So there has been attempts at creating new anchor systems: see sliding x thread.

Personally, I will keep using the cordelette unless something is invented that is similarly quick, versitile, and relatively simple unless I am faced with a situation where the pieces in the anchor are weak and equalization is manditory for strength.

Chris

If there is any inkling to these things not working as advertised, I'm surprised they're still on the market. If a fatal fall is investigated and determined that it was due to anchor failure at the cordelette, that's one major lawsuit.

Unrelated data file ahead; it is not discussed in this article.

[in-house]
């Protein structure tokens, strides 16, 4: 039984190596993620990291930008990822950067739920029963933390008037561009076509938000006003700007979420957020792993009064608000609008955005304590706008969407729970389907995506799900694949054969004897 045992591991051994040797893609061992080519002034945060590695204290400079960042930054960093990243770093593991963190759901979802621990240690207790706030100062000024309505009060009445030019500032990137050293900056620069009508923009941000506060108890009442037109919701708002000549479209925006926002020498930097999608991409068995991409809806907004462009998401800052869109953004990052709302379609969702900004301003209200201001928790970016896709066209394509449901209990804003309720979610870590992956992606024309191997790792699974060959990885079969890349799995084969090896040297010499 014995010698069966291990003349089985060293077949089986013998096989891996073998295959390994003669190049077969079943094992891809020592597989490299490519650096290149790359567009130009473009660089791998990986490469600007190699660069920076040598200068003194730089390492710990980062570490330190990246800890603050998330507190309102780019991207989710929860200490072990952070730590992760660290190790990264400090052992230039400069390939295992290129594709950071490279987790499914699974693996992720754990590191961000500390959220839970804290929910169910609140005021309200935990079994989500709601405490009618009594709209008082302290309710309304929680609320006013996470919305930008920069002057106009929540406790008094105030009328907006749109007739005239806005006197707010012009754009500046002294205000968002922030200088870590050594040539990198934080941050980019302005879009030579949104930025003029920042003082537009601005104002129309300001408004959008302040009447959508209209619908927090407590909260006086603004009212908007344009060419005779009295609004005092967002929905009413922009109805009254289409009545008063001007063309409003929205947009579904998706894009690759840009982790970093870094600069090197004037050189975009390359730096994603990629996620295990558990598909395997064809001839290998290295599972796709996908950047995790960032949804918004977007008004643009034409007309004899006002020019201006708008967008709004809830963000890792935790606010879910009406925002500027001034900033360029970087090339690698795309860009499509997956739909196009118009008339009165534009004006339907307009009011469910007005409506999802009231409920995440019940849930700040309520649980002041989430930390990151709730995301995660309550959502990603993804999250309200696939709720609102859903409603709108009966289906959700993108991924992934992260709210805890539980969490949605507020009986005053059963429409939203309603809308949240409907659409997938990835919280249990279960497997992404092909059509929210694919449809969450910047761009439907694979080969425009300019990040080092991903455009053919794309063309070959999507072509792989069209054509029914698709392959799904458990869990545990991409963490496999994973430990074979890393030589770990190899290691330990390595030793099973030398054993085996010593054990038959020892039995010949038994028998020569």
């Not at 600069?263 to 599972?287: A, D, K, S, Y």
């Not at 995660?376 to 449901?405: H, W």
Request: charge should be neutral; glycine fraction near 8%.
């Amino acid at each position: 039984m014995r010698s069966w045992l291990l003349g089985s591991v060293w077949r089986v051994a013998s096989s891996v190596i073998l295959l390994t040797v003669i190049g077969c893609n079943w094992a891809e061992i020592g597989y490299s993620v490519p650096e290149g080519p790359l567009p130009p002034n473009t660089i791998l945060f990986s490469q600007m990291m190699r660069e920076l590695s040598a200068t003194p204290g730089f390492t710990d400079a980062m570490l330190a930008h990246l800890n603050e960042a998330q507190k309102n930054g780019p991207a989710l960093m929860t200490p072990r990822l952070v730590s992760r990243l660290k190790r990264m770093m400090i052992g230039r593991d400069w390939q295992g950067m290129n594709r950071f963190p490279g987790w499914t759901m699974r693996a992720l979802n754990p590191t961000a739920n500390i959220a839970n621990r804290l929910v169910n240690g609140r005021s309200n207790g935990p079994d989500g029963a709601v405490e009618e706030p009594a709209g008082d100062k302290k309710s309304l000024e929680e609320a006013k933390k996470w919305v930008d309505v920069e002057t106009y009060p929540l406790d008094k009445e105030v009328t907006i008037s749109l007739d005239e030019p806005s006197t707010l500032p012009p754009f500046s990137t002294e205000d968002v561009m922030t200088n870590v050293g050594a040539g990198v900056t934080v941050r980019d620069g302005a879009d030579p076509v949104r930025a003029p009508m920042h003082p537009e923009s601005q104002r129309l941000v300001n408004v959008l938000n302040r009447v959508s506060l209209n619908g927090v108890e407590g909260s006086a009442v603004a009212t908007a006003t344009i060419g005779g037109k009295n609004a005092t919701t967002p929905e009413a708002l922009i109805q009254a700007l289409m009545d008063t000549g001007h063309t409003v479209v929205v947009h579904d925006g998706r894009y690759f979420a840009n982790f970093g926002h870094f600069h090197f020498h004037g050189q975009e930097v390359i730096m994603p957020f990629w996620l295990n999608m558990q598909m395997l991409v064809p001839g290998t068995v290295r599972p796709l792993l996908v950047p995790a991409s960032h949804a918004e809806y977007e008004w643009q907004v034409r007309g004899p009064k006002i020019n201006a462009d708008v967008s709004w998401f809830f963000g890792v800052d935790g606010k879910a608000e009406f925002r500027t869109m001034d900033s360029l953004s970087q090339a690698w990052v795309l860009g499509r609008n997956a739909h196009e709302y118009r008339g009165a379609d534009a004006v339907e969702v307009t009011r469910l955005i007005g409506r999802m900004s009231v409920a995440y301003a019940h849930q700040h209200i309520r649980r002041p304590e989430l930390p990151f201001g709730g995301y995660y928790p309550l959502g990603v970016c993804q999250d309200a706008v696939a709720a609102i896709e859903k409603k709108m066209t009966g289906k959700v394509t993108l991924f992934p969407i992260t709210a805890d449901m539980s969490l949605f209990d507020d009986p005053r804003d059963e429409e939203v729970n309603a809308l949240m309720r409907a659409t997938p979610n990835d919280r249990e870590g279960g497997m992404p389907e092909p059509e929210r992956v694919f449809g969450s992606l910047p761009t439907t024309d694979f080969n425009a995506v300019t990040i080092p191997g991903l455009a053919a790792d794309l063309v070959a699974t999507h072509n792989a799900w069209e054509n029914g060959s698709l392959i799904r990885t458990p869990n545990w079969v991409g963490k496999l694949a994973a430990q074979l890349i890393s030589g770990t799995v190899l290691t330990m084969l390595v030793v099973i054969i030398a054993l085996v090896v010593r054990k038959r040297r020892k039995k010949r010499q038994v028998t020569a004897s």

I've used cordelletes quite extensively. Makes me wonder about using it now for anything other than top-rope or slinging a large block. :cry:


moose_droppings


Mar 6, 2006, 4:08 PM
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In reply to:
I use a minimum of three anchor points, make sure everything is equalized and multi-directional. Maybe a lot of people need to go back to the basics of SRENE

Would you care to show me this anchor that can do this and still remain;
Simple
Redundent
Equalized
No
Extension


healyje


Mar 6, 2006, 4:31 PM
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John,

From these discussions I'd say one take away is to be really carefully what you write this time around as anything you say ends up like a screw stuck in a tire going round and round. It's quite amazing how powerful the con-joined influences of learned skills and practiced habit can be such that one won't relinquish something even when confronted with the fact that is is often deficient.


sweetchuck


Mar 6, 2006, 4:40 PM